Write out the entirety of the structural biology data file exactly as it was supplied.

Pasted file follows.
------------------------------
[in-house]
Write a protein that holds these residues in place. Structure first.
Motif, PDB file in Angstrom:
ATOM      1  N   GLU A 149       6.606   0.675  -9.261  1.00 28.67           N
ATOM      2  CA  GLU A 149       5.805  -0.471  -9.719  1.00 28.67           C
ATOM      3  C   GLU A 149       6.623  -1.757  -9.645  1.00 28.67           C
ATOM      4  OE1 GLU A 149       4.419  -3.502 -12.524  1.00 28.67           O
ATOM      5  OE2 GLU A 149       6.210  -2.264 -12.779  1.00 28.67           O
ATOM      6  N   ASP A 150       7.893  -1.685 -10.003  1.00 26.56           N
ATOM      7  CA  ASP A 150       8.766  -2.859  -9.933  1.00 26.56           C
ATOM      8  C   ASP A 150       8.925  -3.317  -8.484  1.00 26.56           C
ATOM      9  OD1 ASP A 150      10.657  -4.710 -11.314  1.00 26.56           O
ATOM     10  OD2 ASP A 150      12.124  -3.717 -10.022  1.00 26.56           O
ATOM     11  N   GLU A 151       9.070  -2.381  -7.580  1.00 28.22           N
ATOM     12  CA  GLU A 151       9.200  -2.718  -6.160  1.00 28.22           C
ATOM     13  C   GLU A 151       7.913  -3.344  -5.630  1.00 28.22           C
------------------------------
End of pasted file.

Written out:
[in-house]
Write a protein that holds these residues in place. Structure first.
Motif, PDB file in Angstrom:
ATOM      1  N   GLU A 149       6.606   0.675  -9.261  1.00 28.67           N
ATOM      2  CA  GLU A 149       5.805  -0.471  -9.719  1.00 28.67           C
ATOM      3  C   GLU A 149       6.623  -1.757  -9.645  1.00 28.67           C
ATOM      4  OE1 GLU A 149       4.419  -3.502 -12.524  1.00 28.67           O
ATOM      5  OE2 GLU A 149       6.210  -2.264 -12.779  1.00 28.67           O
ATOM      6  N   ASP A 150       7.893  -1.685 -10.003  1.00 26.56           N
ATOM      7  CA  ASP A 150       8.766  -2.859  -9.933  1.00 26.56           C
ATOM      8  C   ASP A 150       8.925  -3.317  -8.484  1.00 26.56           C
ATOM      9  OD1 ASP A 150      10.657  -4.710 -11.314  1.00 26.56           O
ATOM     10  OD2 ASP A 150      12.124  -3.717 -10.022  1.00 26.56           O
ATOM     11  N   GLU A 151       9.070  -2.381  -7.580  1.00 28.22           N
ATOM     12  CA  GLU A 151       9.200  -2.718  -6.160  1.00 28.22           C
ATOM     13  C   GLU A 151       7.913  -3.344  -5.630  1.00 28.22           C